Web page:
[CentOS-devel] how minimal is a minimal too minimal

Manuel Wolfshant wolfy at nobugconsulting.ro
Wed Mar 19 17:39:52 UTC 2014


On 03/19/2014 07:27 PM, Les Mikesell wrote:
> On Wed, Mar 19, 2014 at 12:14 PM, Jeff Sheltren <jeff at tag1consulting.com> wrote:
>> Related questions we struggle with in Fedora: what about i18n and docs? If
>> no docs, docs at all, not even man pages?
>>
>>
>>
>> "No docs at all" makes a lot of sense to me if we're going for truly
>> minimal.  The main issue I see with that is making end-users aware that they
>> better know what they're doing if they're installing this version.
> Normally when you install a minimal version you already have a plan
> for what you will do next.  In my case I want the least possible user
> intervention (or network infrastructure support) to get a system to
> the point where I can ssh in and complete the setup because people in
> remote locations that are more familiar with other OS's may have to do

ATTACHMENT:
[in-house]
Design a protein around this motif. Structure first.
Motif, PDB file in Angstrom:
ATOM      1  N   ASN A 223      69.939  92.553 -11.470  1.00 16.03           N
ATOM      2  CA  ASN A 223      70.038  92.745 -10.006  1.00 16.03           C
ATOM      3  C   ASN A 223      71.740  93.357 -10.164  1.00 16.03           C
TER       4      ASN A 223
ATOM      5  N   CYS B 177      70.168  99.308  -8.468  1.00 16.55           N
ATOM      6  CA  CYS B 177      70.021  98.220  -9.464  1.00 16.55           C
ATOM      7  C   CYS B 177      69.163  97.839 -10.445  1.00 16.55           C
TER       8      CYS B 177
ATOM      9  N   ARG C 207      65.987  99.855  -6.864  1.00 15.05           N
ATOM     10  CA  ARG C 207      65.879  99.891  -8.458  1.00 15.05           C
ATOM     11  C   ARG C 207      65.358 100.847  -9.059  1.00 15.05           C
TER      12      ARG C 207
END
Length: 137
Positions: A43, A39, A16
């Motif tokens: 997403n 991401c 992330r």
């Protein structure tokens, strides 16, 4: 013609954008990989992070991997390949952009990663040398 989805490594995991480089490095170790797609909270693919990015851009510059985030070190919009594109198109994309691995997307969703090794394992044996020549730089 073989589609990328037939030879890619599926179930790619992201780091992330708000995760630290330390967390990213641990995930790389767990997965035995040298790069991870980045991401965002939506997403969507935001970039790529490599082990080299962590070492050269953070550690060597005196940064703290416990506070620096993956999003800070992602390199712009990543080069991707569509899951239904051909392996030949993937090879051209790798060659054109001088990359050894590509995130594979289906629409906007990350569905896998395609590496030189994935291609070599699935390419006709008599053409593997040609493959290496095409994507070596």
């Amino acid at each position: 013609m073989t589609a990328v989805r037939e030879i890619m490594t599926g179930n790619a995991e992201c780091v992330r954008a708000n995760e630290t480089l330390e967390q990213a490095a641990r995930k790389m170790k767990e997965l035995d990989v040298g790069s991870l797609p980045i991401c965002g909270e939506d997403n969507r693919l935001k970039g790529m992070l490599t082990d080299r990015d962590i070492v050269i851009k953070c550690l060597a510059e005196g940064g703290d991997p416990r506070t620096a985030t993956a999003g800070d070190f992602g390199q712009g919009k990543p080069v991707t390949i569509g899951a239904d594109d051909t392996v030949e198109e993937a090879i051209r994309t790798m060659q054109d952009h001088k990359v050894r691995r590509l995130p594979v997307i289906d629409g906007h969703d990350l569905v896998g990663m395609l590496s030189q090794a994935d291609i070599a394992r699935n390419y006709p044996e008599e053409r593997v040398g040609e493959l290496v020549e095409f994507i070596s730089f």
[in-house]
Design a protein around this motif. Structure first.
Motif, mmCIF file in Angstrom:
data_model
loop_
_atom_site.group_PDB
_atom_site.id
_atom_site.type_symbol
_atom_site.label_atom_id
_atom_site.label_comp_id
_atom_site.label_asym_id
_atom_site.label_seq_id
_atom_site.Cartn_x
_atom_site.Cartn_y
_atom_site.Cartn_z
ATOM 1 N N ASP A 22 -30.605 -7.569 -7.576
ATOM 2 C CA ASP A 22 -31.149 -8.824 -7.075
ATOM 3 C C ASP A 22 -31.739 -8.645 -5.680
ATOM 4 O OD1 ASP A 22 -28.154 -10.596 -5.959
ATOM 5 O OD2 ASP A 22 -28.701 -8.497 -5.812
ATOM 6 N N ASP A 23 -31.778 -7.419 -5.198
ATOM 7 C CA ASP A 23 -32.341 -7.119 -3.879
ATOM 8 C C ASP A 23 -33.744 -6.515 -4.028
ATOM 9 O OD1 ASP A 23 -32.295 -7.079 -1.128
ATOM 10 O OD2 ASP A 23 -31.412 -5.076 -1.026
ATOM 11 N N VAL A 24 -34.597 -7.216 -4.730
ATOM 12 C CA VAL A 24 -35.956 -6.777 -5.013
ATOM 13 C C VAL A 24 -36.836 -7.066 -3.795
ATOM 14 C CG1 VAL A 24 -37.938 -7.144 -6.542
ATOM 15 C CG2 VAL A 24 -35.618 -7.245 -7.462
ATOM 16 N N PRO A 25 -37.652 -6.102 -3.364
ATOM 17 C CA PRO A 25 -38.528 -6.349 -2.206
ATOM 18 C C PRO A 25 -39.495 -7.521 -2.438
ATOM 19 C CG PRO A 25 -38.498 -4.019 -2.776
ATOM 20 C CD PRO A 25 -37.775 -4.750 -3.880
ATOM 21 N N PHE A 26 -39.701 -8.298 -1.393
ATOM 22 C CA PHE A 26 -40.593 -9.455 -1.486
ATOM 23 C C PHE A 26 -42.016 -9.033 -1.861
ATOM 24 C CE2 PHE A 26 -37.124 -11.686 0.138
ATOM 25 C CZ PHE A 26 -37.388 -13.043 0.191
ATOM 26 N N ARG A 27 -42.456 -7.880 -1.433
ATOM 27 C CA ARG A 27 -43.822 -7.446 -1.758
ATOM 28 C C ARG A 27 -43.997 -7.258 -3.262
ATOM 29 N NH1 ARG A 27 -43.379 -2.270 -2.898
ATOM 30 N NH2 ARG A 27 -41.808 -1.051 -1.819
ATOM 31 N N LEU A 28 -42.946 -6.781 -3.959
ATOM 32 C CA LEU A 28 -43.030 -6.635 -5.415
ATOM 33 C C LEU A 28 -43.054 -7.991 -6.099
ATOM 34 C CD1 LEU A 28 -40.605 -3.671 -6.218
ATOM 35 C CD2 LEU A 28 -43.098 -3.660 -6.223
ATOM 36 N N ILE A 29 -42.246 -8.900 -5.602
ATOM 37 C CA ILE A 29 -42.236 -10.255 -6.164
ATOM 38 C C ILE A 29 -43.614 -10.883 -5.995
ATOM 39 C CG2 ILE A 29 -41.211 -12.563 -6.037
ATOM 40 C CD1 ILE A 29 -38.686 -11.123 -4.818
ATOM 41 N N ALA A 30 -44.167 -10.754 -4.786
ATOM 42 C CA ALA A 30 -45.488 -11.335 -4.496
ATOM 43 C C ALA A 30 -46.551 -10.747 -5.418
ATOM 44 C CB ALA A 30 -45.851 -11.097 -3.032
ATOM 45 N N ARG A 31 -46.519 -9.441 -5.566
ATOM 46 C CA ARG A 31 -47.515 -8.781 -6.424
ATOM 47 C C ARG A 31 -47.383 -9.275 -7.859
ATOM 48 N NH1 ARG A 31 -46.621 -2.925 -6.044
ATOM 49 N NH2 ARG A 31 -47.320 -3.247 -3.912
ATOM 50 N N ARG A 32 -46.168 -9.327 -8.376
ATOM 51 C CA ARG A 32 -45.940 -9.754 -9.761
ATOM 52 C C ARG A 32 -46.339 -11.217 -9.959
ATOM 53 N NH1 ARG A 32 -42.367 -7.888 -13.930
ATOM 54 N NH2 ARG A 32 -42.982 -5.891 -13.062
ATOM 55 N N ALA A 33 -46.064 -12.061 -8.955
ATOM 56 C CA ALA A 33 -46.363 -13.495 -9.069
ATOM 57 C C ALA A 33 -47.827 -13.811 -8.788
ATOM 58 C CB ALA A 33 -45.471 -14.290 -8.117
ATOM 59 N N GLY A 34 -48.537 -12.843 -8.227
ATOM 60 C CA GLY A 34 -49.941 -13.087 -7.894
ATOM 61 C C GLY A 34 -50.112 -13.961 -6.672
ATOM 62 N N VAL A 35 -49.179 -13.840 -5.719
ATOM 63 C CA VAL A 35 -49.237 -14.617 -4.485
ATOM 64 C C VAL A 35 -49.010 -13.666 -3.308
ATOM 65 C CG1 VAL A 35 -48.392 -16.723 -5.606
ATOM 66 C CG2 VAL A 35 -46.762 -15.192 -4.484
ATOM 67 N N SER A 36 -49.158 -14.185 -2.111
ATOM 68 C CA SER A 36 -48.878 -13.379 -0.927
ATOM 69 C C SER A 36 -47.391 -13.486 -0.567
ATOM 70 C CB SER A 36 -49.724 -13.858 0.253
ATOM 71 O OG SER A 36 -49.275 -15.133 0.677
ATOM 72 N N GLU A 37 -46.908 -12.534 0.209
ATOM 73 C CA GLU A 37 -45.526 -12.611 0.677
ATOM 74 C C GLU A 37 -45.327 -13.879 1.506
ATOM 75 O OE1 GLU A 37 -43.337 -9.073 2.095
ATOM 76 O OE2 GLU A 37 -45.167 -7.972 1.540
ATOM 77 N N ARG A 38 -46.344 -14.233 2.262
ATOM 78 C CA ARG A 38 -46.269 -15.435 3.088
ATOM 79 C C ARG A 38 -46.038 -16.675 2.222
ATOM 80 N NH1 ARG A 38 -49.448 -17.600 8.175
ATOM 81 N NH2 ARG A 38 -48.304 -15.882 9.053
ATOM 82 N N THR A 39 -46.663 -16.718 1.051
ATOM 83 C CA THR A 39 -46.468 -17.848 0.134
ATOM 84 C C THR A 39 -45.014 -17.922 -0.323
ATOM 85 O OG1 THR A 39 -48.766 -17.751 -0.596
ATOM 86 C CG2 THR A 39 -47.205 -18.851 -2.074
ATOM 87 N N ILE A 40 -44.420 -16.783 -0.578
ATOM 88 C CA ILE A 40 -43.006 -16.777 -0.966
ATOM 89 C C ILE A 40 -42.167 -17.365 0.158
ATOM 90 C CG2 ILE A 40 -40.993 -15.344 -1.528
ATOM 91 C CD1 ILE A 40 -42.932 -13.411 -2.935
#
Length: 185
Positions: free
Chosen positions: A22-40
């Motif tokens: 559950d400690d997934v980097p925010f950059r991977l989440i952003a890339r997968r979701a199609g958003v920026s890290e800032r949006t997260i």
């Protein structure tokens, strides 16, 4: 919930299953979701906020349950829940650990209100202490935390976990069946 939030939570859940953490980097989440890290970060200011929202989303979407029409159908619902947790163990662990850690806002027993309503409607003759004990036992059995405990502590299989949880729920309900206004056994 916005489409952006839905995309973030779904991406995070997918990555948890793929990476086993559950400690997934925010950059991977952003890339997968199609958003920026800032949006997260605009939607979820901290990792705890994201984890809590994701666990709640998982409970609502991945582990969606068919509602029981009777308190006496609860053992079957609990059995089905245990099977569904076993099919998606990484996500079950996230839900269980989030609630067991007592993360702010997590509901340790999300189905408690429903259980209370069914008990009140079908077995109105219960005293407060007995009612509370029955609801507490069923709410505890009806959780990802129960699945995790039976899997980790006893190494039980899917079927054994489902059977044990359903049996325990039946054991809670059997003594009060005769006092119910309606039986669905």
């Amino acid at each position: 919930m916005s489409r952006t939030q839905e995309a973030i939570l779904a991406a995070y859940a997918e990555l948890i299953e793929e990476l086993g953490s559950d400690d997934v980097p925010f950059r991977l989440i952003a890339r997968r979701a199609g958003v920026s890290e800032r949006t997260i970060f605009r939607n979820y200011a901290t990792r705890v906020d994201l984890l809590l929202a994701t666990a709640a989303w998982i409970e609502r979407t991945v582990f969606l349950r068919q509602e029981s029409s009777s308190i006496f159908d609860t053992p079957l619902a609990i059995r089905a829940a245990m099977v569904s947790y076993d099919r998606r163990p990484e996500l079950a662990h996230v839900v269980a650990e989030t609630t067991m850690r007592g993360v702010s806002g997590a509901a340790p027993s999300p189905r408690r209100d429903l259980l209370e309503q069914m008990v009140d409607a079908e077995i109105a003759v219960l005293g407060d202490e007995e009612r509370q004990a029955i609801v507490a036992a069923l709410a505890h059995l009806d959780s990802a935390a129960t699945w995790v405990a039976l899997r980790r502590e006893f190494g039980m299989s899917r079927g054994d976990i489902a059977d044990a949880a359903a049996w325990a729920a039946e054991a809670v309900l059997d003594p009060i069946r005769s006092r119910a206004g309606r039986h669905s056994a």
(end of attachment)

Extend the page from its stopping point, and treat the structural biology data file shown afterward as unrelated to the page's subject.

> it.  I'd prefer for sshd and yum to work and to have openssh-clients
> and rsync installed, but it wouldn't be a showstopper if it took an
> extra scripted step to get yum going.
hence my suggestion from the previous mail...


>     I'd gladly trade that for an
> easier way to do the initial network setup when you have multiple NICs
> and no DHCP (like showing you the one(s) with link up).
>
well put desire. however ( PLEASE prove me wrong if I am mistaken ) 
anaconda only knows something along

	network --bootproto=static --ip=a.b.c.n --netmask=255.255.255.0 --gateway=a.b.c.1 --nameserver=a.b.c.2 --device=$DEVICENAME

  So ( wild guess here... ) you'd need a bit of intelligence in the 
%pre/%post sections of a kickstart to detect which interface is up and 
feed that info to anaconda



More information about the CentOS-devel mailing list